The KJ factor, Chapman's incredible year, and much more

Looking back at Toledo Bend, forward to La Crosse

Chapman Takes Lesson From Douglas

The Douglas Lake Challenge presented just that for Chapman – a challenge, and one he didn't handle particularly well. In the five Elite Series tournaments this year, the 39-year-old Lake Quivera, Kan., angler's record is as follows:

St. John's River – 4th

Lake Okeechobee – 5th

Bull Shoals Lake – 5th

Douglas Lake – 68th

Toledo Bend – 1st

"I learned a lot at Douglas," Chapman said Sunday. "I kind of got my rear end kicked there. I learned a lot about how deep to fish, and also about relying on your electronics."

With a choice, Chapman prefers fishing shallow. After a shallow pattern didn't produce at Douglas Lake, he was determined not to fail in that manner again. Chapman found some big bass schools hovering near the thermocline, which was about 30 feet deep, during practice at Toledo Bend.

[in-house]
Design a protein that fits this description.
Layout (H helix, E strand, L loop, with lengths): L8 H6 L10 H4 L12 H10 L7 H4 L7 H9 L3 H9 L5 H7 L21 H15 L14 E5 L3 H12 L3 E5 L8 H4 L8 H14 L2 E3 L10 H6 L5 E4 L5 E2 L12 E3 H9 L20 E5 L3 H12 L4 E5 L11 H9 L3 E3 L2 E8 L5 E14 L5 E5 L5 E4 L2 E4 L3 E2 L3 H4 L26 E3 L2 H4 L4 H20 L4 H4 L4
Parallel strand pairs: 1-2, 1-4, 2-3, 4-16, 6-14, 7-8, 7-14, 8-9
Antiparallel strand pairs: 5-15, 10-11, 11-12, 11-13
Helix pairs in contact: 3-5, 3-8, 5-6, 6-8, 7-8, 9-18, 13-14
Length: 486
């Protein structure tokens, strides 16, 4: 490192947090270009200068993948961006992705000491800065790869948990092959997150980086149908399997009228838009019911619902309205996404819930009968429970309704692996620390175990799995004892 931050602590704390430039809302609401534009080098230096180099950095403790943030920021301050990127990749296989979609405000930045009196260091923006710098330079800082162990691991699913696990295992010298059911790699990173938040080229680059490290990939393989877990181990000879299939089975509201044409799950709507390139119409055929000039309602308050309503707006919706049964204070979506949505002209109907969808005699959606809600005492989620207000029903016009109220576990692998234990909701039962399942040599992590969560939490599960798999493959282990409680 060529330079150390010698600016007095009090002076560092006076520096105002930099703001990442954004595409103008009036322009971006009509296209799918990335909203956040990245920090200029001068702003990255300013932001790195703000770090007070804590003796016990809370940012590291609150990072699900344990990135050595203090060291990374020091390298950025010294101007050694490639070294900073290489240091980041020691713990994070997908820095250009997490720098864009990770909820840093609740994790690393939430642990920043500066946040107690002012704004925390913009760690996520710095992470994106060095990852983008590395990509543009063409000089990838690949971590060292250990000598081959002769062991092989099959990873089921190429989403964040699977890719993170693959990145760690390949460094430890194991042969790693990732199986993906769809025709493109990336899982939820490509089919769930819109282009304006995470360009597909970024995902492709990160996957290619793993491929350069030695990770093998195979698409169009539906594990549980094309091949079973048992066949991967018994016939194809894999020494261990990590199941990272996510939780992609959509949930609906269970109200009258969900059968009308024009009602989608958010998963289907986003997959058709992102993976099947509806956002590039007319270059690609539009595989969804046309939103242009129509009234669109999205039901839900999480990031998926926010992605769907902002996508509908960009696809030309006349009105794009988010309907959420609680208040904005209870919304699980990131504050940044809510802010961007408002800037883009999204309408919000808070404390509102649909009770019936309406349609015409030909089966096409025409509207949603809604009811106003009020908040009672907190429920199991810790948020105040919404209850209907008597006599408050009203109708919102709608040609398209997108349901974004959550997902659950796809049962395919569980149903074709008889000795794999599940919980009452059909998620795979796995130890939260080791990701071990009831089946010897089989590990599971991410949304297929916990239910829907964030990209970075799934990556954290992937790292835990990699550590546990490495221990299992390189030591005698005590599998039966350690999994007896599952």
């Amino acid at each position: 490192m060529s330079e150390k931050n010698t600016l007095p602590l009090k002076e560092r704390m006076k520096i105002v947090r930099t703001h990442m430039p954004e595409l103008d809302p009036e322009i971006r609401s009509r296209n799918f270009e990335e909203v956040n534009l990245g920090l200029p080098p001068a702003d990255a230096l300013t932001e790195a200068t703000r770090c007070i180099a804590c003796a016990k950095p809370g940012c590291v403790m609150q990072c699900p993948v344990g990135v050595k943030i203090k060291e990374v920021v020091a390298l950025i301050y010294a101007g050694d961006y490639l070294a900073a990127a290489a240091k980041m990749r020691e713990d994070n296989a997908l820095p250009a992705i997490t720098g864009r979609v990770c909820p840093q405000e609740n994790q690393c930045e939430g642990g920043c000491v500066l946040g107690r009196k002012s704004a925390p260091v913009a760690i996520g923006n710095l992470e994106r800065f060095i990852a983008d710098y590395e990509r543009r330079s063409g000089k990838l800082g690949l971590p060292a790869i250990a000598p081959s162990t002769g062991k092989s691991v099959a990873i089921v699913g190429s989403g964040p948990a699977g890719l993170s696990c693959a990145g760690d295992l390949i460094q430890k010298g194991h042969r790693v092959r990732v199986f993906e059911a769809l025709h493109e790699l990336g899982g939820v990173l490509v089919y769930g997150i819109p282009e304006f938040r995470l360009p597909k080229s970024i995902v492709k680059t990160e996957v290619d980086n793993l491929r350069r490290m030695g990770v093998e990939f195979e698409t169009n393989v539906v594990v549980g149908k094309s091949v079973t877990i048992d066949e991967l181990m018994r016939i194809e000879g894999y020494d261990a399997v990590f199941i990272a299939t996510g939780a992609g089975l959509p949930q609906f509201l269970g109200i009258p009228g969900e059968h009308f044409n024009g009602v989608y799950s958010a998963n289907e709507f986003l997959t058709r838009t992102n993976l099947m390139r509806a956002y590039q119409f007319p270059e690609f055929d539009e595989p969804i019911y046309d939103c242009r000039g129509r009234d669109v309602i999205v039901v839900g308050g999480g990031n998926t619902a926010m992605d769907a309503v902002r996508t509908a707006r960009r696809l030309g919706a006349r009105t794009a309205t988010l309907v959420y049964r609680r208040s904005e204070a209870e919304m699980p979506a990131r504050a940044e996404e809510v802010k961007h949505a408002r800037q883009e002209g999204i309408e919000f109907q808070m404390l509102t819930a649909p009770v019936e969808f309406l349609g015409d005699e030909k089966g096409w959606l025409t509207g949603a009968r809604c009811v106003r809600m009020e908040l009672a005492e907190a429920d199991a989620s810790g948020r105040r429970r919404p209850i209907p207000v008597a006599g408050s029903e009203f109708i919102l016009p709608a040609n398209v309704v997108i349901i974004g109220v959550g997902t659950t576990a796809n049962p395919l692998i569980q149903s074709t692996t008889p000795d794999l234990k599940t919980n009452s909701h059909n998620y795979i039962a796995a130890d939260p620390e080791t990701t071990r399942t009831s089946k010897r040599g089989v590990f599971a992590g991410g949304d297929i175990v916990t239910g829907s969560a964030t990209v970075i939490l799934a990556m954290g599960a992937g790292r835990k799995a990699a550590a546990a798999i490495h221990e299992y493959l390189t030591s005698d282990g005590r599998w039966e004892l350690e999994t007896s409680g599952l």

He began the three-day practice period with a special chip for his Lowrance electronics that local bass fishing legend Tommy Martin has produced; it shows submerged roadbeds and bridges that don't appear on the Navionics electronic map of Toledo Bend.

"I started running that (pattern) in practice," he said. "I kind of exhausted all I could look for. I was running down the lake when I saw this point the day before the tournament. I decided to pull up on it and try it. It was the only spot I had that wasn't a road bed."

That spot produced most of Chapman's four-day total of 83 pounds, 9 ounces. He caught 25-8 on Day Two, when he jumped from 11th place into the lead and was catching bass on almost every cast.

"It was just a textbook point – a main lake point that fed from Negreet Creek," Chapman said. "It's literally the last point these fish can go (before the main lake channel). It's the end of the line for them, so they set up there and ambush the shad."

After an unbelievable day Friday, Chapman experienced several hours of frustration there the last two days. Other than a few brief flurries, the point didn't provide the all-day-long excitement it did on Day Two.

"You should have been here yesterday," Chapman said to one observer Saturday, after a couple hours without a bite. He started moving around the lake to find more active fish.

Chapman's lead was only 1 pound, 5 ounces over second-place Marty Robinson going into Sunday, and seven of the final 12 anglers were bunched five pounds or less behind him.

 

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